NBN Co has completed the Strategic Review of the National Broadband Network and has delivered the findings to the Government.

The analysis of Australia’s largest national infrastructure project has found that the existing fibre-to-the-premises NBN plan may miss its completion date by three years and cost $73bn to complete.

The results suggest that the project could be completed sooner and at a lower cost using a mixed technology approach involving fibre-to-the-node technology, existing copper and cable connections, while still providing faster download speeds than are currently available.

Executive Chairman Dr Ziggy Switkowski said:

“The NBN can be rolled out faster and at a much lower cost by combining proven technologies with existing capable networks.

“By 2019, at least two-thirds of Australians in the fixed-line footprint would have access to download speeds of up to 100Mbps from NBN Co compared to only 57 percent under the re-evaluation of the previous plan*. The proposed model could save taxpayers more than $31 billion compared to the current Fibre to the Premises-only rollout. It would also mean less disruption and less invasiveness to the homes and driveways of millions of Australians.”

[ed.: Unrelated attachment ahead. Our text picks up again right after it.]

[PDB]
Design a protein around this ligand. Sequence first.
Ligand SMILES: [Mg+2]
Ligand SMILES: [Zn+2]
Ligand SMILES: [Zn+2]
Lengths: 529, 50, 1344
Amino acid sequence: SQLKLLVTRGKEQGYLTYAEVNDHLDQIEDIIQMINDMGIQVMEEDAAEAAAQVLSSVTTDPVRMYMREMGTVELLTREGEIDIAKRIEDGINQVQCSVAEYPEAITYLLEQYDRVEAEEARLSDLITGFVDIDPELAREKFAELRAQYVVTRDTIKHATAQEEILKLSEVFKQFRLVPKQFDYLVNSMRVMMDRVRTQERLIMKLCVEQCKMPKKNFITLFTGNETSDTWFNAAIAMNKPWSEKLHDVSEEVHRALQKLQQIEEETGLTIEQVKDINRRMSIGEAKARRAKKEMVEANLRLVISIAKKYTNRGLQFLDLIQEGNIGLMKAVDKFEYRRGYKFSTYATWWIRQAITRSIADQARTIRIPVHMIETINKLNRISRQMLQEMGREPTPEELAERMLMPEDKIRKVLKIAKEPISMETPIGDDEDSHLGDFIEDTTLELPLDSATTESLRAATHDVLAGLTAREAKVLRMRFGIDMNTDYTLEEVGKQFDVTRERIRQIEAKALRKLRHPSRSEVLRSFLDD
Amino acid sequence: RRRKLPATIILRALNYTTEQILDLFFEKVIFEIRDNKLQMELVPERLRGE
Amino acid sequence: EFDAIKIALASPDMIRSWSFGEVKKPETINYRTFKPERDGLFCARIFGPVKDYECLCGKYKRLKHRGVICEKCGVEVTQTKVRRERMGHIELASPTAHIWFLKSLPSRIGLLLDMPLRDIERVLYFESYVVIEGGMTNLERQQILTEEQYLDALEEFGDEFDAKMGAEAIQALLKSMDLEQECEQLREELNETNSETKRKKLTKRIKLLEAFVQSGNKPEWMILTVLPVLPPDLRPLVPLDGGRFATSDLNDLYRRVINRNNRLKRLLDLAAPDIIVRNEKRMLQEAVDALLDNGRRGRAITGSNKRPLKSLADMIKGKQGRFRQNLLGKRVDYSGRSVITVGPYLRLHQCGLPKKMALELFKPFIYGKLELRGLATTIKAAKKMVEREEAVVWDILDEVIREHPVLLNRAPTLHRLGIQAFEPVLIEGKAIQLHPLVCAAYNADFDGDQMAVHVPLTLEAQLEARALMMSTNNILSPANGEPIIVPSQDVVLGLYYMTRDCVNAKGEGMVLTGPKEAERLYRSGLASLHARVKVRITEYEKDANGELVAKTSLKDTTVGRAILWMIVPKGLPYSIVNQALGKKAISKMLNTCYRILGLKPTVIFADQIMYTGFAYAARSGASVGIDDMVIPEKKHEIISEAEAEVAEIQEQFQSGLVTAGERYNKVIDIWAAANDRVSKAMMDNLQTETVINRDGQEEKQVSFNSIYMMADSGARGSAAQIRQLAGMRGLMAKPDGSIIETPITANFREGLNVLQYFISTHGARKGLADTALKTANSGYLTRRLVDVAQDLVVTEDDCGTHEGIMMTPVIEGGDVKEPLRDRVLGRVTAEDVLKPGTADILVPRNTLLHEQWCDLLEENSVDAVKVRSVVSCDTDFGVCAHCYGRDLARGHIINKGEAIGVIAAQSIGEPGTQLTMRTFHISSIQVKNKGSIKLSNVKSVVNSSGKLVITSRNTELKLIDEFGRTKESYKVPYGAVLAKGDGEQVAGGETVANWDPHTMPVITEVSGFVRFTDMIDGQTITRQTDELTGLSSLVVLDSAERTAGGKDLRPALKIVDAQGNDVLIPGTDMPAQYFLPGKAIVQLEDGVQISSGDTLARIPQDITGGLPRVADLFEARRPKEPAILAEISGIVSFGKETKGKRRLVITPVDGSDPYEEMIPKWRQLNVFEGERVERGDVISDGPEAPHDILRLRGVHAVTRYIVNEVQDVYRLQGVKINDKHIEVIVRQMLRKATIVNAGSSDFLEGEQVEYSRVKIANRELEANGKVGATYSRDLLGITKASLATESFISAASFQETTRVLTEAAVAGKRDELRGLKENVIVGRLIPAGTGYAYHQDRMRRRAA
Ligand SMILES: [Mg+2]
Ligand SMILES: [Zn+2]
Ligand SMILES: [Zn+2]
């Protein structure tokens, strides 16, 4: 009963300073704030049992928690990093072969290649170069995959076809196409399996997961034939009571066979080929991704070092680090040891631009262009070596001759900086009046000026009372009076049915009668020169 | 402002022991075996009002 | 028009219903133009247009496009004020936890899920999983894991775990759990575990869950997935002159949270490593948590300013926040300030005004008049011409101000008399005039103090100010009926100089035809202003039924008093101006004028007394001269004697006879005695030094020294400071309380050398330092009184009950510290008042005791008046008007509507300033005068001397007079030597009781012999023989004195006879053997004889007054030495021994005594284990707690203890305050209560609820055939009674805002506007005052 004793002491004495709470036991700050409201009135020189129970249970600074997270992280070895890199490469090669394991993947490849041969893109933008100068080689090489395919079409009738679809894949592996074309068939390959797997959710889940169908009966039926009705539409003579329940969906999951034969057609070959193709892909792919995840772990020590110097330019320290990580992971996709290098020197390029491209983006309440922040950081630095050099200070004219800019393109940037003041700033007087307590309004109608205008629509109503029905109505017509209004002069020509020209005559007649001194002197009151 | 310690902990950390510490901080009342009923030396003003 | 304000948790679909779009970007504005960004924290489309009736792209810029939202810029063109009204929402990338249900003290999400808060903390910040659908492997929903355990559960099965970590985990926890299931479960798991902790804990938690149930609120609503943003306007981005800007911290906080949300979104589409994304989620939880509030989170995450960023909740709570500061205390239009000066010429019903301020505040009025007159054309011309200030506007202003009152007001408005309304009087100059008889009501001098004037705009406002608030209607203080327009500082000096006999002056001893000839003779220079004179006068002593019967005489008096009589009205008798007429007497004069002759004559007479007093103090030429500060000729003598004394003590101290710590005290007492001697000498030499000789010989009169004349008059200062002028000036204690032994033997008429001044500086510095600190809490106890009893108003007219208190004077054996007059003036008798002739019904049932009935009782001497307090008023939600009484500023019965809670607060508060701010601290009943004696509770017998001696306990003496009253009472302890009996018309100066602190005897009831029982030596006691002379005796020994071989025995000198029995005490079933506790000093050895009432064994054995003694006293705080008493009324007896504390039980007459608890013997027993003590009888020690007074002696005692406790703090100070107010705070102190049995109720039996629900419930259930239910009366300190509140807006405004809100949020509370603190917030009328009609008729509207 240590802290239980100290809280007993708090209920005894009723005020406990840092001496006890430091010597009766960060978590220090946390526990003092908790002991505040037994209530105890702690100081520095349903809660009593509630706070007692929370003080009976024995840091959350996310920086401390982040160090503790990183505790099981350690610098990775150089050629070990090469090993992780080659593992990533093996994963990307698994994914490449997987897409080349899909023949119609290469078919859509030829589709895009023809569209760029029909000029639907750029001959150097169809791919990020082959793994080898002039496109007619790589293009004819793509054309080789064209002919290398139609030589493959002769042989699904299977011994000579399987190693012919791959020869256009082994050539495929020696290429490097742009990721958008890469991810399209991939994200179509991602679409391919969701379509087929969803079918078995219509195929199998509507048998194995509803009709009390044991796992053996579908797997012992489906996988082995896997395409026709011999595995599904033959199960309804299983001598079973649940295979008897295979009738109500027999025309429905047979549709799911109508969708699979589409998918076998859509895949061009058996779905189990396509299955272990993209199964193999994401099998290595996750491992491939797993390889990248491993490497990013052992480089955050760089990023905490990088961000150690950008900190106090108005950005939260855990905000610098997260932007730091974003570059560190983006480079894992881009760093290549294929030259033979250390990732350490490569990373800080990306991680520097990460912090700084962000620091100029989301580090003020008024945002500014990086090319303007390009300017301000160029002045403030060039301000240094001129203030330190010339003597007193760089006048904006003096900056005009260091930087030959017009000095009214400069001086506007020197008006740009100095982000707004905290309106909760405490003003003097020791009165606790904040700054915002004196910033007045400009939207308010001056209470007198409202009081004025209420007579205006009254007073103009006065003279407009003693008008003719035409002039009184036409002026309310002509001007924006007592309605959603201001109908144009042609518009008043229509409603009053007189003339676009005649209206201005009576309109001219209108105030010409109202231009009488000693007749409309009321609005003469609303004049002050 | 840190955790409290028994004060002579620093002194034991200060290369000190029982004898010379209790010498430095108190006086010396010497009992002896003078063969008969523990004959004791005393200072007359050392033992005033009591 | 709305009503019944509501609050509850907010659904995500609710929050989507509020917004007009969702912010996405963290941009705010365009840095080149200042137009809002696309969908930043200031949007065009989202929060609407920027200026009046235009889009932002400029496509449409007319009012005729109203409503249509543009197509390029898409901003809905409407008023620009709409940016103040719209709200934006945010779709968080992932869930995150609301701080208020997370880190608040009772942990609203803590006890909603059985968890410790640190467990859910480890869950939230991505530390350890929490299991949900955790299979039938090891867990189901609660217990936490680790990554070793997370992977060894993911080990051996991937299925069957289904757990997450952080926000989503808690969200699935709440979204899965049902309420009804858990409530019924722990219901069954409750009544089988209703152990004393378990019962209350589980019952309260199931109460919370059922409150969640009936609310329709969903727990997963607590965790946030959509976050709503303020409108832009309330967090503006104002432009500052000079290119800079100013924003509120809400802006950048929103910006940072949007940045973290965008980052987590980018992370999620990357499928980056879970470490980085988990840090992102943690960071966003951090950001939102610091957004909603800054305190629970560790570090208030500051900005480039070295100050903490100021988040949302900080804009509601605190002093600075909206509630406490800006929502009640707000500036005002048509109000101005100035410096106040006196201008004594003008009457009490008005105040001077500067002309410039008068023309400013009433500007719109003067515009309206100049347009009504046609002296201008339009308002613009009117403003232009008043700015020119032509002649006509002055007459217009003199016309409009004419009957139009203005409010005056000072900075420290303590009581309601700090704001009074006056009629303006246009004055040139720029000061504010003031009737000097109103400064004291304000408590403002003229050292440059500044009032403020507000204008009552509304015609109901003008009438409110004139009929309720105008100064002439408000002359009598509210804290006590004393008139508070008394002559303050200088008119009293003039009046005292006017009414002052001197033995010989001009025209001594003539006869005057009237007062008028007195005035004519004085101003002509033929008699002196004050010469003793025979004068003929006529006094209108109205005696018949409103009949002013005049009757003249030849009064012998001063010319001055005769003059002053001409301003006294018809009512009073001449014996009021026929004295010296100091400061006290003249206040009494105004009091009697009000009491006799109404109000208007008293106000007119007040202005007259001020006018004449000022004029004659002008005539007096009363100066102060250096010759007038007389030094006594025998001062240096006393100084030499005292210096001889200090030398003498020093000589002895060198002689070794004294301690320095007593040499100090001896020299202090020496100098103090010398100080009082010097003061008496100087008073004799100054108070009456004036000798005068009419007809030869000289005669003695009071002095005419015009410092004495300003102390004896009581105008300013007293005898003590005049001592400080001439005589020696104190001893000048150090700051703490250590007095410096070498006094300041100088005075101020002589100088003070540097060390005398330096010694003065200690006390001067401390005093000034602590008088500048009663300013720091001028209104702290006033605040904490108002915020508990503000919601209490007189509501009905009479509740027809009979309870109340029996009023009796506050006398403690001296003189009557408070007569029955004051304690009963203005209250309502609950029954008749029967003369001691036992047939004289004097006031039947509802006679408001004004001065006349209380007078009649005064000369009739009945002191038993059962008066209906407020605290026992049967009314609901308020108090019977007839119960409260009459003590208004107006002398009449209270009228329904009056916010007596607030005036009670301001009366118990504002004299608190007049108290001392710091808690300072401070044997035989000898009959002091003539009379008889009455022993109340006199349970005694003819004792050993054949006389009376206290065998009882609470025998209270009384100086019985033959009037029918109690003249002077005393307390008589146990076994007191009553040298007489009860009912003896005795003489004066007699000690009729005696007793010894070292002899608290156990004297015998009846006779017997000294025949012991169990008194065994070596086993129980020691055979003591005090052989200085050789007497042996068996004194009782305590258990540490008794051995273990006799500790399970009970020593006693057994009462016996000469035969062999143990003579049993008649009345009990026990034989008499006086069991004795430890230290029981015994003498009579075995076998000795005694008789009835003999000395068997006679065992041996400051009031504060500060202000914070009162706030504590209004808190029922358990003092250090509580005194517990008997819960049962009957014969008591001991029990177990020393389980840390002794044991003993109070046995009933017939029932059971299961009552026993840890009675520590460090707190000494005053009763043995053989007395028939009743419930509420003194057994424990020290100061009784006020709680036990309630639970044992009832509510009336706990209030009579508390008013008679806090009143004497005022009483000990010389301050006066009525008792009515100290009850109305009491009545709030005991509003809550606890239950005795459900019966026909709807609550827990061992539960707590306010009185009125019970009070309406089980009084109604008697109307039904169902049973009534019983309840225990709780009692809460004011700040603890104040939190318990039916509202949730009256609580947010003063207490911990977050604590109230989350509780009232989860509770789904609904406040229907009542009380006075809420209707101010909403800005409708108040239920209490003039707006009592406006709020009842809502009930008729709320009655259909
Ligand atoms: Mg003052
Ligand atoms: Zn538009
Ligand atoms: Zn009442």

Announced in October, the Strategic Review was established to examine the progress and cost of the current rollout, as well as NBN Co’s financial and operational status, and to put forward alternative strategies for the delivery of very fast broadband to Australian homes and businesses.

The other main findings in the review include:

Progress to date

Construction of the NBN, which commenced in 2009, and would not be completed until three years later than planned under the previous approach.

By June 2014, the rollout is expected to pass a total of only 357,000 brownfields premises with fibre, against a target of 1.129 million as set out in the August 2012 Corporate Plan; the total number of brownfields premises with an active NBN service is now forecast to be 90,000 versus the August 2012 Corporate Plan target of 420,000.

A comprehensive analysis of the project to date has found that if the NBN was to continue under the previous model, NBN Co would:

  • Require more than $29bn in additional peak funding ($73bn v. $44bn in the 2012 Corporate Plan)
  • Require more than $19bn of additional capex ($56bn v. $37bn)
  • Miss its forecast completion date by three years (June 2024 v. December 2021)
  • Forego revenue of more than $12bn between 2011 and 2021
  • Require a cumulative increase in opex of $5bn+ until the new network completion date of 2024
  • Generate a much lower IRR (2.5% v. 7.1%)

The higher funding requirement of $73bn arises from the original plan having optimistically underestimated costs, including the cost of physical construction as well as, in the view of the independent assessment, overestimated revenues.

For instance, the cost-per-premises of the rollout of the local and distribution network is 31% over budget and rising. Delays in construction have also led to a deferral of anticipated revenues in the short to mid-term.

Optimised Multi-Technology Mix